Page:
Walter White is having a midlife crisis that’s like a rash – it’s spreading. Already struggling to make ends meet, when the high school chemistry teacher finds out he has terminal cancer, he does the unthinkable – he teams up with the local drug dealer to start cooking crystal meth.
We catch up with former Malcolm In The Middle star Bryan Cranston to find out what life is like on the dark side as he takes on the role of Walter White in Breaking Bad series one.
What attracted you to this project?
The thing that leaps out at you about Breaking Bad is the script. Surprisingly most scripts that actors get are not well written, so when you do stumble across one that is you go after it like a tiger.
The comedy in this show is very dark. Was it hard to get the balance right?
Comedy is a very subjective thing, and there are some people who will watch the show and not really get that there are moments sprinkled throughout the episodes that really are intended to be lighter or humorous… A lot of times [in real life] you have two people at a cafe and on the street they’ll see someone trip over a sidewalk and fall down. And one person will crack up laughing and the other person will be aghast, ‘Oh that’s horrible!’ They just witnessed the exact same thing, and one person’s laughing and the other’s not. And it just goes to show you how different we are and how differently we’re wired as human beings.
Was it important for the audience to like Walt from the beginning?
Well, I think the whole series hinged on Walt being likeable and if he wasn’t the series is over. And Vince (Gilligan, Breaking Bad’s creator) and I talked about it at length, [and we decided that we had to] make him real and set the circumstances, the conditions of his life so people can relate to them, and if he handles that in an honest way I think people will like him.
It seems like shows where we empathise with the ‘bad’ guys are on the increase. Why do you think this trend towards darker heroes is happening now?
I think what’s finally happened is we have now come to embrace characters as we would embrace our own humanity. It used to be if you’re a good guy, then you’re a good guy all the way and every trait about you is good and that’s too black-and-white. Ultimately I think people realise that’s a fantasy world, and in the real world we have much more of a colour palette to deal with… By having the courage to show that, you get more people relating to what they’re seeing.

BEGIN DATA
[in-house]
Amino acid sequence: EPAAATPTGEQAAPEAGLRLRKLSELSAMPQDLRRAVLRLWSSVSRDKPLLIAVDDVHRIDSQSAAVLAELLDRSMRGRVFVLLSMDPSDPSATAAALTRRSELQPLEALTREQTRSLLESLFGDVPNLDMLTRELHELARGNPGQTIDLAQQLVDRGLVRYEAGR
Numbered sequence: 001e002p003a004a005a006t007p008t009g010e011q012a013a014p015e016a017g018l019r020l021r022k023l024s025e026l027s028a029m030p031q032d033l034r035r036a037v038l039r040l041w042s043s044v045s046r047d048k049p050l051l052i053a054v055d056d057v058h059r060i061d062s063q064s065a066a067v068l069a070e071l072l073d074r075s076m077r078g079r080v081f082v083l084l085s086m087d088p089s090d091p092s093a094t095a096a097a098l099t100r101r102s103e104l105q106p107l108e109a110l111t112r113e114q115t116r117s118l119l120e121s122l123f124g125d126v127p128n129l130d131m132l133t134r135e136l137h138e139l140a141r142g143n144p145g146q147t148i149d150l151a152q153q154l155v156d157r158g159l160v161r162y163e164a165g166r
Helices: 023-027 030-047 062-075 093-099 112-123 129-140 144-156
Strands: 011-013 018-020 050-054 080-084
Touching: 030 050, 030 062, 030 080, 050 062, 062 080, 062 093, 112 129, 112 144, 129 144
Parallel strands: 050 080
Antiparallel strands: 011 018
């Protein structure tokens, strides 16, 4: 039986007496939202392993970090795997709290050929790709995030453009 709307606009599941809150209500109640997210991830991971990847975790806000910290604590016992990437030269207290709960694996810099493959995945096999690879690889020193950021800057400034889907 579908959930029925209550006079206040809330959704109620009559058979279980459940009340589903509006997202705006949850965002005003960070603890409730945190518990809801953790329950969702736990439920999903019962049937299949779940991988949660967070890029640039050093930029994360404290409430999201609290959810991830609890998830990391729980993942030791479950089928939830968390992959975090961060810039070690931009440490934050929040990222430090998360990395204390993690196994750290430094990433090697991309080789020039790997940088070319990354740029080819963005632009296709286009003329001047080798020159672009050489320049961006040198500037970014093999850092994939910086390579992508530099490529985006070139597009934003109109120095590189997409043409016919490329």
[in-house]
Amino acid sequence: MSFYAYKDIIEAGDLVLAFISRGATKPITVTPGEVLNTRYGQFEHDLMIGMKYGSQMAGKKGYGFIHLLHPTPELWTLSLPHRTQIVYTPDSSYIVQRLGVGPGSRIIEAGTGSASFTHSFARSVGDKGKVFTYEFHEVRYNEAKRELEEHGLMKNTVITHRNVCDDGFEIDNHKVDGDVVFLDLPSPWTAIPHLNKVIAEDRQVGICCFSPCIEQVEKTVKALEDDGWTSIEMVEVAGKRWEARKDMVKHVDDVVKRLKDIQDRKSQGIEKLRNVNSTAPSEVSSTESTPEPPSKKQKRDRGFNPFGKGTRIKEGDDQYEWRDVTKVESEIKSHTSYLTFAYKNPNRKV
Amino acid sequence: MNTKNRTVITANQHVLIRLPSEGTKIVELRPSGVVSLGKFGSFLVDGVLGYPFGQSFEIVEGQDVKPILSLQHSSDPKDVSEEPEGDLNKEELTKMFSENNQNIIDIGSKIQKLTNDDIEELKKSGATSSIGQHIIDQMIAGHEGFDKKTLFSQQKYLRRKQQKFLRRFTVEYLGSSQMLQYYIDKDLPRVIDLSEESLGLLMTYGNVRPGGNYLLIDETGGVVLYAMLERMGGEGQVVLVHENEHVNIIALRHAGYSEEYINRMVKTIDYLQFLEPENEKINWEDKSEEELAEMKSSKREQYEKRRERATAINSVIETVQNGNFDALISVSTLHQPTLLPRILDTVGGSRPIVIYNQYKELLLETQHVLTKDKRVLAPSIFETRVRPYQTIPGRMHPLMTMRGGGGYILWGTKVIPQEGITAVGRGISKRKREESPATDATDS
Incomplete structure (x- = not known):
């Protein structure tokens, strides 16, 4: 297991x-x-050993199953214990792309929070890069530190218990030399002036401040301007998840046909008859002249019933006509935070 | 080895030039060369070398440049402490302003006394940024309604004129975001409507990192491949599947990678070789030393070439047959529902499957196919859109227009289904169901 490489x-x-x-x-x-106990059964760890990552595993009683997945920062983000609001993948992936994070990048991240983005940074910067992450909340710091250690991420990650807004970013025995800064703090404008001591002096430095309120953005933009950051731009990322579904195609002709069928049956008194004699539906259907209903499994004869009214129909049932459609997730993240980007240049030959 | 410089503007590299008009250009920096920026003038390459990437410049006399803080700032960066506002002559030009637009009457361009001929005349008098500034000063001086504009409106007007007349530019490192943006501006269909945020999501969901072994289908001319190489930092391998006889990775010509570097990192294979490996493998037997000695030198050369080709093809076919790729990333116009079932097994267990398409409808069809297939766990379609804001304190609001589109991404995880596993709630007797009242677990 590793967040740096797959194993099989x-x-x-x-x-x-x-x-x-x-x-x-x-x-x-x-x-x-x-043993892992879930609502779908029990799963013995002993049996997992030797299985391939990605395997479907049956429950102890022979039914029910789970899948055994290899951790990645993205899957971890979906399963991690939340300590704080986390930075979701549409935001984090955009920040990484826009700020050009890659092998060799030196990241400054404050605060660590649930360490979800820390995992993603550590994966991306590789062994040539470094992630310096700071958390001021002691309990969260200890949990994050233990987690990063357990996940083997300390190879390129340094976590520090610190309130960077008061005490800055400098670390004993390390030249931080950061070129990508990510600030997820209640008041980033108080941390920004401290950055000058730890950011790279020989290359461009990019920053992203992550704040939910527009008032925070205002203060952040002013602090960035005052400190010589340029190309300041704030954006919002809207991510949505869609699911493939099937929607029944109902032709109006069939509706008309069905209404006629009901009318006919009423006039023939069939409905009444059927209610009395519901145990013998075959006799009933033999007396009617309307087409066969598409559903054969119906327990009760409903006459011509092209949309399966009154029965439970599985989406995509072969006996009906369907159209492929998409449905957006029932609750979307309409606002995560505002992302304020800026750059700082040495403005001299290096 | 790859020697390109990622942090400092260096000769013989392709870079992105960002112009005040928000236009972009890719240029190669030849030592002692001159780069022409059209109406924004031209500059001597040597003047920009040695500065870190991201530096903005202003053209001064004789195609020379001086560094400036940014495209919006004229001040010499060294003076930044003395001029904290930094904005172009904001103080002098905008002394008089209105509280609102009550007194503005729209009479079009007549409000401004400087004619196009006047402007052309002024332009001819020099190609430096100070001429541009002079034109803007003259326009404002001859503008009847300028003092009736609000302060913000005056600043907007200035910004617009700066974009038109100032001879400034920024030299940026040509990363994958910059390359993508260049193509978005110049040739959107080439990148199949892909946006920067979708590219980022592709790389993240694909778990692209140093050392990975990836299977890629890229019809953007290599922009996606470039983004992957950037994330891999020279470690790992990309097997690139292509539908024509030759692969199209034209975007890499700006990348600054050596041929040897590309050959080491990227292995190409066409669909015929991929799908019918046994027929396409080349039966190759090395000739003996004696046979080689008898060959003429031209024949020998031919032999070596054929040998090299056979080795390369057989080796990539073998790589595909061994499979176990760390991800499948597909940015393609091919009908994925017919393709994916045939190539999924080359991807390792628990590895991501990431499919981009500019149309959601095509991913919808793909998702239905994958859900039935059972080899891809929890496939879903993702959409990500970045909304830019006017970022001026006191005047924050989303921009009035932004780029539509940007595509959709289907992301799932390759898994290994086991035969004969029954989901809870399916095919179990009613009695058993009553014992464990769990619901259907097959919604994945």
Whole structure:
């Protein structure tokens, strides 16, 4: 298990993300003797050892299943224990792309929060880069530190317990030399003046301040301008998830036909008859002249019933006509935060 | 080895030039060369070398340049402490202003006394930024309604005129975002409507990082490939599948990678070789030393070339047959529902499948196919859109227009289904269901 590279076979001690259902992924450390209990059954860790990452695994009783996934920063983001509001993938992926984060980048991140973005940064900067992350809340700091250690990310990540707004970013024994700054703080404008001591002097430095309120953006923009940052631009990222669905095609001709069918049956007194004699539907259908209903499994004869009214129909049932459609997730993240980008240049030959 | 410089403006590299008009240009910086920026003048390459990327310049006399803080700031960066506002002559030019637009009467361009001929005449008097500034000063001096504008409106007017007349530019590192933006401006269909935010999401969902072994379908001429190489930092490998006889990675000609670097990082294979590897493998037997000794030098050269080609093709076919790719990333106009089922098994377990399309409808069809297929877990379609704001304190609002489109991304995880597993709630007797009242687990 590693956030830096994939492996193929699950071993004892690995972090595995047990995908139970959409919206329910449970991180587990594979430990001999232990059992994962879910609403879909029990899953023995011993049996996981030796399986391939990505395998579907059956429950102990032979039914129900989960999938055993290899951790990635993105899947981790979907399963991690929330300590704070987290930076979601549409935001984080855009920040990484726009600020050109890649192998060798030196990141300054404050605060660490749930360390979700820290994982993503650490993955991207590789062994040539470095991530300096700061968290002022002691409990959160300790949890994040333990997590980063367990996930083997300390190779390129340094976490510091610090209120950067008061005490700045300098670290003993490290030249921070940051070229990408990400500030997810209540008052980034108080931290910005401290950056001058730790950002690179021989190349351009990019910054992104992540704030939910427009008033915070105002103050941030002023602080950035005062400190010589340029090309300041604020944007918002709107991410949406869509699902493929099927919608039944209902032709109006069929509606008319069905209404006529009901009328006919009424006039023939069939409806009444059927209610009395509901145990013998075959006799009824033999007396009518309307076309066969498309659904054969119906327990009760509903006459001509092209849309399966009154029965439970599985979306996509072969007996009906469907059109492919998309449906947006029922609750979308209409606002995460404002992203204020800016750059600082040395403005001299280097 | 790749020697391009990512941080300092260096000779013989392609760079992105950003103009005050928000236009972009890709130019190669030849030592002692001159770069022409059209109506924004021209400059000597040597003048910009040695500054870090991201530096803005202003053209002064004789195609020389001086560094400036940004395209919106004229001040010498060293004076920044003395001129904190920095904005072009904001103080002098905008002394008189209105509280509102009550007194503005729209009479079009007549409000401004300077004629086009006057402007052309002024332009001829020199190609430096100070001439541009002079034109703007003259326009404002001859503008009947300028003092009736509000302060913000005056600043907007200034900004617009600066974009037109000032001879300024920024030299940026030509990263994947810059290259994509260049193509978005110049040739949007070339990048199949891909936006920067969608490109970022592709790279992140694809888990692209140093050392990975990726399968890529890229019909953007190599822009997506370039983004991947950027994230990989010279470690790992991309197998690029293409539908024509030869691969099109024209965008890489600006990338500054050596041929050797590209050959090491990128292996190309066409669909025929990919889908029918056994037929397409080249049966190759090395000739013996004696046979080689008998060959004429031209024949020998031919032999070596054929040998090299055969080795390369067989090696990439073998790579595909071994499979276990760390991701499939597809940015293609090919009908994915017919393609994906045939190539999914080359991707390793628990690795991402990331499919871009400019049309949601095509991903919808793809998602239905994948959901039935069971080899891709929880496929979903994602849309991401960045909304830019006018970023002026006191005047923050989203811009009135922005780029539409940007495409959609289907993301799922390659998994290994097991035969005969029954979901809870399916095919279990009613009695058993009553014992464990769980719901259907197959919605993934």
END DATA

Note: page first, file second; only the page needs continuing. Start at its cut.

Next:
Do you think this show proves that anyone will do anything if they are desperate enough?
I do think that there are people who, if pushed in a corner, become extremely dangerous, and they can be the most mild-mannered type of person you’d ever know. I think anyone pushed to their limits could be a dangerous person and that’s what’s fascinating about this story.
Turning a mild-mannered man into someone who makes and sells drugs could be interpreted by some as dangerous territory. How do you respond to the show’s critics?
We were talking about the comedy earlier… if you choose to laugh, fine; if you get angry at us, fine; if you accuse us of promoting crystal meth, that’s your opinion as well. I can dispute that and defend that we’re not doing that, but it’s dangerous. It’s dangerous work in the sense that it’s emotionally dangerous, and danger is always exciting [laughs]. Danger is my middle name.
This article first appeared in AUSTAR magazine, August 2008